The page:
Orderic Vitalis stated:[2]

"God also gave him [Count Eudon] seven sons, who became remarkable for the singular and changeable events of their lives. The studious might compose a long and pleasing history, from true accounts of their various fortunes."

Eudon's children with Agnes include:

Sons of Eudon who were probably illegitimate include:

At least two of Eudon's sons (Alan Rufus and Brian) were early participants in the Norman conquest of England.[9]

Eudon's descendants formed the junior branch of the Breton ducal family, which gained control of the duchy in 1156 under his great-grandson Conan IV of Brittany.

See alsoEdit


  1. ^ Odo in French is Eudes.
  2. ^ The title of Duke of Brittany had not yet been recognized by the King of France, although it was in use since Alan II, Duke of Brittany. Since Brittany was not in fact subject to the French Crown until the late 15th century, and not incorporated into the French State until the French Revolution, opinions held by the King of France in earlier periods are moot.
  3. ^ In some histories Eudon is shown co-Duke with his brother Alan, followed by a period where Alan ruled as Duke of Brittany alone. Eudon's position as co-Duke is unlikely and remains an historical uncertainty in search of documented proof. In any event Alan would go on to shed control by Normandy circa 1026, and from this date it is clear there was no ruling role for Eudon until Alan died.
  4. ^ The detailed documented histories are lacking and limited. He is presumed to have been illegitimate, though his title of Count suggests that he was a legitimate son, as does the genealogy in Gale's edition of the Registry of the Honour of Richmond which gives his wife's name as Imogen. Brian participated in the conquest of England. The website of Charles Cawley reports that Brian (French: Brien; Latin: Briennius) defeated a second raid in the south-west of England, launched from Ireland by Harold's sons in 1069. Brian's forces then went north to counter the rebellion by Eadric the Wild, as William the Conqueror's army travelled west; the two armies joined and won the Battle of Stafford.[4] For a time, Brian held the Honour of Brittany, including 227 manors in Cornwall and a number in eastern England. However, he became an invalid and subsequently relinquished all his estates in south-west England (William then gave them to his own half-brother Robert, Count of Mortain), and retired to Brittany to be with his bride. He is recorded as a witness to two documents issued by Geoffrey I Boterel in 1084. He is believed to have died without offspring;[5] however, Domesday Book[6] entries for the year 1086 refer to "Ralph son of Brian" (http://domesdaymap.co.uk/name/418750/ralph-son-of-brian/) as holding seven properties in Essex and Suffolk, some under the Bishop of London St Paul, the others under Ranulf (Ranulph) Peverel (see William Peverel); to "William son of Brian" (http://domesdaymap.co.uk/name/597200/william-son-of-brian/) as holding land under the Bishop of London St Paul at Great and Little Totham in the Hundred of Thurstable in Essex; to "Everard son of Brian" (http://domesdaymap.co.uk/name/196550/everard-son-of-brian/), whose name is the first listed for the Hundred of Cheveley, as holding land, under Aubrey de Vere I in Ashley and in Saxon [Street], either side of Cheveley; and to "Brian's wife" (http://domesdaymap.co.uk/name/118700/brians-wife/) as holding property under the Bishop of London St Paul in Stepney in the Hundred of Ossulstone in Middlesex. The timing of the lives of Alan Rufus and Stephen of Tréguier suggests that Brian did not hold Richmond. It is reported elsewhere that he was an Earl of Cornwall but resigned the title and returned to Brittany; Brian's lands in England were then granted by King William I to the latter's half-brother Robert, Count of Mortain. During the Anarchy, Alan the Black II claimed Cornwall on the basis of his uncle Brian having held it—a claim that was accepted by King Stephen.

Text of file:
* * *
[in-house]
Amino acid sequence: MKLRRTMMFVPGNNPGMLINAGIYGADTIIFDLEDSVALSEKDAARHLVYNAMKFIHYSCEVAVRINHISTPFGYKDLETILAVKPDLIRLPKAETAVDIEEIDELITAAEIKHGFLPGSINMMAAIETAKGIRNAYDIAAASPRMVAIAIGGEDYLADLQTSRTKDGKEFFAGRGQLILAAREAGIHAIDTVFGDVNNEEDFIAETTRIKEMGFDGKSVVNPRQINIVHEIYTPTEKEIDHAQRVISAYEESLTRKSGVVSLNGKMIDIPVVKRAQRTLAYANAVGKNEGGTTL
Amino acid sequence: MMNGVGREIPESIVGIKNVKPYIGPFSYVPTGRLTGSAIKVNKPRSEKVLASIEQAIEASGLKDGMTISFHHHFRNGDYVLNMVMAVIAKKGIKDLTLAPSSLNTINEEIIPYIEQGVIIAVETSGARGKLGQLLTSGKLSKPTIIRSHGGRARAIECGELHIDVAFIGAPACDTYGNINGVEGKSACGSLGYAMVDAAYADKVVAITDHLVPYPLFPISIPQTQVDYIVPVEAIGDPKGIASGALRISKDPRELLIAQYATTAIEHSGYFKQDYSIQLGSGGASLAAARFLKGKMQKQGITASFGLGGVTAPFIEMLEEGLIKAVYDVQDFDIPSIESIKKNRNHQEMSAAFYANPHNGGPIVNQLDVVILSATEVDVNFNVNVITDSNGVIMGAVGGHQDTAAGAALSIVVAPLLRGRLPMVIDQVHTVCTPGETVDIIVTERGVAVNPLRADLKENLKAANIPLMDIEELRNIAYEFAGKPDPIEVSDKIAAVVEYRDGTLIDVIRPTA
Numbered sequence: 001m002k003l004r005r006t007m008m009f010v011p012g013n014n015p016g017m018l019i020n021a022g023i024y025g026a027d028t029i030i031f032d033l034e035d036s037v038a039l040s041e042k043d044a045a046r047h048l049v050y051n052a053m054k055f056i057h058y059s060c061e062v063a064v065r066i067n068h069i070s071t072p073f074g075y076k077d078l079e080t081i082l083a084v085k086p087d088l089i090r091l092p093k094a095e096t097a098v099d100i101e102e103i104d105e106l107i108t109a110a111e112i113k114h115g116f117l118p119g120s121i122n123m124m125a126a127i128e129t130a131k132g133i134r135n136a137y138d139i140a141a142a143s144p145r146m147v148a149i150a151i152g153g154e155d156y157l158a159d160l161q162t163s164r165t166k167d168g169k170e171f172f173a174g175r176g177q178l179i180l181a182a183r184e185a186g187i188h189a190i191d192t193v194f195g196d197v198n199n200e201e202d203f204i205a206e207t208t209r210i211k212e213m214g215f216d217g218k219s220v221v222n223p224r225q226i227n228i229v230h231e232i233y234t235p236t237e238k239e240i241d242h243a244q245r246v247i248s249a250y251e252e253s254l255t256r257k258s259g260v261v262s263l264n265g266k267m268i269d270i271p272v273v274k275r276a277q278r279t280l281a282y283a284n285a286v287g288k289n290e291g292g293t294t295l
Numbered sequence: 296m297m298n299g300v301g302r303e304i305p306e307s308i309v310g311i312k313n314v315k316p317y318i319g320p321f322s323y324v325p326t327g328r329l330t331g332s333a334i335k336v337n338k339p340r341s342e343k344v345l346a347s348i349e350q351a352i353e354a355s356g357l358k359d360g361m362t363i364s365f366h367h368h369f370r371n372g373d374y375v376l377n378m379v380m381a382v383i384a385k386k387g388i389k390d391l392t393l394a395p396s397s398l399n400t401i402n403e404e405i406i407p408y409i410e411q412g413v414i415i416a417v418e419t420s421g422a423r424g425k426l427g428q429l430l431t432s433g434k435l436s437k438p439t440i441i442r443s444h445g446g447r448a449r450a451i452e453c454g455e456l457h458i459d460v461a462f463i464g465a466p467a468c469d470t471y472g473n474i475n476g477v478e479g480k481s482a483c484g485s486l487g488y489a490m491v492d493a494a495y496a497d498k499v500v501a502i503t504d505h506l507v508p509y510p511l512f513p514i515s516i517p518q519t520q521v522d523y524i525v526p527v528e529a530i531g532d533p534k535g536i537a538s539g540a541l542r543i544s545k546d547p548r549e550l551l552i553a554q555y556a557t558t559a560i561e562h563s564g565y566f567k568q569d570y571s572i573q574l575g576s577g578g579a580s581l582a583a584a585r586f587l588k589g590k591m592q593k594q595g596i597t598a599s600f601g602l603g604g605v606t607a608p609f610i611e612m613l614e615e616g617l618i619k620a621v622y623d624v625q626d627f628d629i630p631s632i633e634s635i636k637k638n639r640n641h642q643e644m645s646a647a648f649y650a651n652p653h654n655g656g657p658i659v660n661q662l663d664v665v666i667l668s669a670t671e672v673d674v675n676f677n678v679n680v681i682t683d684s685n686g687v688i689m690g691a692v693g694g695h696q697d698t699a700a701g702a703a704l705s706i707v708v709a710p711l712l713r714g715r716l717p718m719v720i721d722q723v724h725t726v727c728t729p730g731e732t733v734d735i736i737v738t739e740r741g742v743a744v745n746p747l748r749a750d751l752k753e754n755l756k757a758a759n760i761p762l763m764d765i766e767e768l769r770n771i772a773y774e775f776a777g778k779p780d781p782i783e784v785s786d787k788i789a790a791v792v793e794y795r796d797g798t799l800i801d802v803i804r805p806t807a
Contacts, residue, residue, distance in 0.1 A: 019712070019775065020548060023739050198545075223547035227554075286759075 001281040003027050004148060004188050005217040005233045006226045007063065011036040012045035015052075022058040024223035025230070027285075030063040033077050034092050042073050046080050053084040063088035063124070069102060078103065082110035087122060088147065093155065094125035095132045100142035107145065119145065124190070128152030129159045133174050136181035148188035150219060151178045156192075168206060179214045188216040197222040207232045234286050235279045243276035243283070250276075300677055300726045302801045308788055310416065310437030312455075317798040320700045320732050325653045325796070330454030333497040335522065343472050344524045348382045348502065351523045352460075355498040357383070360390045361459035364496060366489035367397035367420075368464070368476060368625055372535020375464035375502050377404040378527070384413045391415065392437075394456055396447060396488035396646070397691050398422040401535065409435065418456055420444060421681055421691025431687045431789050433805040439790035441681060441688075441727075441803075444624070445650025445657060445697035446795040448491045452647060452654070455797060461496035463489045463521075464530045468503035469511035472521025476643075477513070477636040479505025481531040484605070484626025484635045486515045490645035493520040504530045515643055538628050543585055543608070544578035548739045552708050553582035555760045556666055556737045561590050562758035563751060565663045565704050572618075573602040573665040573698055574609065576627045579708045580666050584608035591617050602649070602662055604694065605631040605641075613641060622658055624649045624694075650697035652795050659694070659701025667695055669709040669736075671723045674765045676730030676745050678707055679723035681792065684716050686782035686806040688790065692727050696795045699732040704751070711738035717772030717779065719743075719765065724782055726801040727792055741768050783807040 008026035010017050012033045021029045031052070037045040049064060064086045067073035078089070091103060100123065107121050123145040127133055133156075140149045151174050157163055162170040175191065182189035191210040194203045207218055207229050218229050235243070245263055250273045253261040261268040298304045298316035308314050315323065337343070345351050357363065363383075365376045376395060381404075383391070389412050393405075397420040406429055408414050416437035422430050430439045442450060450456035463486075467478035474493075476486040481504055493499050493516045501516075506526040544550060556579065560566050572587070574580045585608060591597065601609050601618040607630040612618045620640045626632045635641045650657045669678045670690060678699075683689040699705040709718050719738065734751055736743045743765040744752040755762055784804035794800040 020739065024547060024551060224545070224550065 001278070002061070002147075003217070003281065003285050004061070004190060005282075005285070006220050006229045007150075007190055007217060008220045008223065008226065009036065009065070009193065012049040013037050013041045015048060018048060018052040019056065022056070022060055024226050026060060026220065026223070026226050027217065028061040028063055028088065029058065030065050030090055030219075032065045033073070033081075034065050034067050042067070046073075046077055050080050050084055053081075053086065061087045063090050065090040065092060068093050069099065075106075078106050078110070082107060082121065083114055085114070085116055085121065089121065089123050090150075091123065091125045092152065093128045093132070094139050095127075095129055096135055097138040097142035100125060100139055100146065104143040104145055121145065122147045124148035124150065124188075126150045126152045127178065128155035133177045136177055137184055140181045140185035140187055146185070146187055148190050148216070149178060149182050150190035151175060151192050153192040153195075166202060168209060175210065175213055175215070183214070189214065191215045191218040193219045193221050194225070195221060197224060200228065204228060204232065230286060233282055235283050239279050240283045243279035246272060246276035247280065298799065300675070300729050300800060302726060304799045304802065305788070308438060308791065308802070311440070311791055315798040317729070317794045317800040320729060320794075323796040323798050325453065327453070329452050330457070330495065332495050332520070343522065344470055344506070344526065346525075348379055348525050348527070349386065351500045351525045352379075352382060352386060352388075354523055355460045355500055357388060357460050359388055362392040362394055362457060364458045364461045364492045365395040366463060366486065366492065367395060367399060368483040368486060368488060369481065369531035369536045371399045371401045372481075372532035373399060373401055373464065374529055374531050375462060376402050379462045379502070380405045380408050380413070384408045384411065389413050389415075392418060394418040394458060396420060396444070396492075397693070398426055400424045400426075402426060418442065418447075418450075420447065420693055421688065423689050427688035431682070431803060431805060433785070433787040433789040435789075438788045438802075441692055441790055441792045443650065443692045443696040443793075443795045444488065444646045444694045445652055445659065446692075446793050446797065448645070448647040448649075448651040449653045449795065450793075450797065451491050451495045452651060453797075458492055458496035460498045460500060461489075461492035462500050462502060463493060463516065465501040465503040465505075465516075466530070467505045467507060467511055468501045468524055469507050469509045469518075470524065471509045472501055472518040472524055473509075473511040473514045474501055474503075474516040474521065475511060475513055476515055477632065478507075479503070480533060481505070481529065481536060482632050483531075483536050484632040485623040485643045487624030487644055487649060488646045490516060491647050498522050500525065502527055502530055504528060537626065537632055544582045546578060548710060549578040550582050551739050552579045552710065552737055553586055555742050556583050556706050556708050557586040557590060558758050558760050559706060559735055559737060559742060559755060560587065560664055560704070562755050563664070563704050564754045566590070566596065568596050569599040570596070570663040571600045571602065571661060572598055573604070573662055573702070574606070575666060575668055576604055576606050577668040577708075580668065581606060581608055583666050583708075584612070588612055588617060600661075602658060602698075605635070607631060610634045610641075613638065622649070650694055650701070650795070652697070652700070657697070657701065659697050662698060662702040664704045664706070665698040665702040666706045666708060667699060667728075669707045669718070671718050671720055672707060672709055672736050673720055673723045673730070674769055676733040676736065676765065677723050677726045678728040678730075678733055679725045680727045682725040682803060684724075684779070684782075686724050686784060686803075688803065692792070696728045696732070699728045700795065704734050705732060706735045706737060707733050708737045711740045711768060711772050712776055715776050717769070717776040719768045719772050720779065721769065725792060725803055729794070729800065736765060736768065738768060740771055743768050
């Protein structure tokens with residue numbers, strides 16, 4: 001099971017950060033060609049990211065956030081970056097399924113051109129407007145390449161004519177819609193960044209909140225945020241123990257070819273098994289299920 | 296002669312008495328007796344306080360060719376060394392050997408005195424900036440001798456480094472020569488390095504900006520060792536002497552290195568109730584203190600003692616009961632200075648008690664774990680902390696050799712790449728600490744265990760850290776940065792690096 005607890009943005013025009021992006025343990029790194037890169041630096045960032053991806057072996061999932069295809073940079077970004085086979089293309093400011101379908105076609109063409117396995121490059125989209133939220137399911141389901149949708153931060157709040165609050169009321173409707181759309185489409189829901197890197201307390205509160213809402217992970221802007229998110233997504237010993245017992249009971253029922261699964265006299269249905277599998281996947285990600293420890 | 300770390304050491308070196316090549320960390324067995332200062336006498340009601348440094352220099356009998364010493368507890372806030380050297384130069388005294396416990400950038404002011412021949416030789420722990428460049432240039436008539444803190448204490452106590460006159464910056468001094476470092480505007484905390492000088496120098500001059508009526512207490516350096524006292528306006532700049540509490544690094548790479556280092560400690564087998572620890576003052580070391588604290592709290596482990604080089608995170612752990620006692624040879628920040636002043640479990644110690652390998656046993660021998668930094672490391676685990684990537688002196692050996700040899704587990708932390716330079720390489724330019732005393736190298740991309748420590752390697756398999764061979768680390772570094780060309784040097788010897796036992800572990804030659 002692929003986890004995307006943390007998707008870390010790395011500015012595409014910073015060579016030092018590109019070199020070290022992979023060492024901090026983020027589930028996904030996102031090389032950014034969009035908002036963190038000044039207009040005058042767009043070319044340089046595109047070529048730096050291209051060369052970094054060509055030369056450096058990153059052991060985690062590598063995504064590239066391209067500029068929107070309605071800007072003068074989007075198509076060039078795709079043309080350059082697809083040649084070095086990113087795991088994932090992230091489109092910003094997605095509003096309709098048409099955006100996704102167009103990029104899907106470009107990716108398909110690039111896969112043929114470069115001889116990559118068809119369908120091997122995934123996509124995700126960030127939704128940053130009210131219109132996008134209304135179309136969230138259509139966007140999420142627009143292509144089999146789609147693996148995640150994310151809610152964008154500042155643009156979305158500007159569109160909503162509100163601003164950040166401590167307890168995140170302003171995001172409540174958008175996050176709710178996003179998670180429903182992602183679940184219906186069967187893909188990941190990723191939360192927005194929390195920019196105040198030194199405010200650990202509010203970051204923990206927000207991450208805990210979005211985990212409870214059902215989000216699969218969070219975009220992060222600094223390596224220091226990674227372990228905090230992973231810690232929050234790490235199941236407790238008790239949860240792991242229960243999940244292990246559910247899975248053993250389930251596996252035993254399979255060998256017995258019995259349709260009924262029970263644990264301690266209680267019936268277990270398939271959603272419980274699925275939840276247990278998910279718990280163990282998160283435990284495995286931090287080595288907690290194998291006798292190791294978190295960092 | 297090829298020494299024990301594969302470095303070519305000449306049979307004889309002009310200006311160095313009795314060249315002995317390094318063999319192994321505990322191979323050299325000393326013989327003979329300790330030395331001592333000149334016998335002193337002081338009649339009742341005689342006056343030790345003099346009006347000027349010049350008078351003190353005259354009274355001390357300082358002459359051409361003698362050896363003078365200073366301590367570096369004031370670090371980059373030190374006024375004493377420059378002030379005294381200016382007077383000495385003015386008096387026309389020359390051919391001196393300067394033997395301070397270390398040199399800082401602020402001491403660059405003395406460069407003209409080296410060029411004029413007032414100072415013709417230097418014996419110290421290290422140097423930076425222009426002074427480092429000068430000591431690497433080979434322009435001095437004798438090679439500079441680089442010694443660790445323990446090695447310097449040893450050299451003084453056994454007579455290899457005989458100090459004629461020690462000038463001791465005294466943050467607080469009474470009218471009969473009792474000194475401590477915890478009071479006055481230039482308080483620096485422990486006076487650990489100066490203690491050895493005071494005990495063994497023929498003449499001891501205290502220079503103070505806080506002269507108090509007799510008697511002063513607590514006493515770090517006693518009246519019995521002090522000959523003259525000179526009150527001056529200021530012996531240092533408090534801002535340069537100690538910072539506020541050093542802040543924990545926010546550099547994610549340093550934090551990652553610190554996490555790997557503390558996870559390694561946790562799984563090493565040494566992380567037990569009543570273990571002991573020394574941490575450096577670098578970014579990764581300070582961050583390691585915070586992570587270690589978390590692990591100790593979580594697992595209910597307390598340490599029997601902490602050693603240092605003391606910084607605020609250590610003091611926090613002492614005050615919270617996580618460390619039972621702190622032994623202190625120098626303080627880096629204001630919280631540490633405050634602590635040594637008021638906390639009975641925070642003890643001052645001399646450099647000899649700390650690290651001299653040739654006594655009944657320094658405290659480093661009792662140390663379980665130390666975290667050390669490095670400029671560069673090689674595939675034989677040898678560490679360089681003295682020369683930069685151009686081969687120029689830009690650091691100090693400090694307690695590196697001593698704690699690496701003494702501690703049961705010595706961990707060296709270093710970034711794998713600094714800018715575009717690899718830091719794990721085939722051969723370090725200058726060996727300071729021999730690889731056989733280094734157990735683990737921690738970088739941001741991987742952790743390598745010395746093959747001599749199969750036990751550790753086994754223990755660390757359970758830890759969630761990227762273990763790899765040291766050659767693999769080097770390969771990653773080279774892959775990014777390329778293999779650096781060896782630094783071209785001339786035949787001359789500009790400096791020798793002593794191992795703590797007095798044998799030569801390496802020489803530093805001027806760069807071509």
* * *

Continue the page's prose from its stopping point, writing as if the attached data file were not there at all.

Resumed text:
5. ^ Not to be confused with Alan the Black II, the son of Stephen, Count of Tréguier, who also would inherit the Earldom, after Stephen. There is little reliable written documentation of his life save for a record of his death—possibly in the same year as his brother Alan Rufus, as he is believed to have held the Earldom for a very brief period of time before it passed to Stephen.
  6. ^ Middleham later passed by marriage and consequent female descent to the House of Neville.


  1. ^ David Charles Douglas (1967). William the Conqueror: The Norman Impact Upon England. University of California Press. p. 71.
  2. ^ Orderic Vitalis, The Ecclesiastical History of England and Normandy, volume 2, book 5, chapter 9, section 43 and page 164, last paragraph, in Thomas Forester's 1854 translation
  3. ^ Stéphane Morin, Trégor, Goëlo, Penthièvre. Le pouvoir des Comtes de Bretagne du XIIe au XIIIe siècle, Presses Universitaires de Rennes, 2010, ISBN 9782753510128, date April 2014, p. 55, tableau généalogique n°4 : « Descendance légitime du comte Eudes »
  4. ^ Tallent, Mike. "Battle of Stafford". Retrieved 24 February 2014.
  5. ^ Cawley, Charles. "Comtes de Penthièvre". Medieval Lands. Retrieved 17 April 2010.
  6. ^ "Open Domesday". Archived from the original on 21 March 2015. Retrieved 24 February 2014.
  7. ^ "Land of Count Alan". Archived from the original on 16 September 2011. Retrieved 25 February 2014.
  8. ^ "British History Online: Cheveley Manors and estate". Retrieved 24 February 2014.
  9. ^ Green, Judith A. (2002) The Aristocracy of Norman England, p. 41

Further readingEdit

Preceded by Duke of Brittany
with Alan III

Succeeded by
Alan III, alone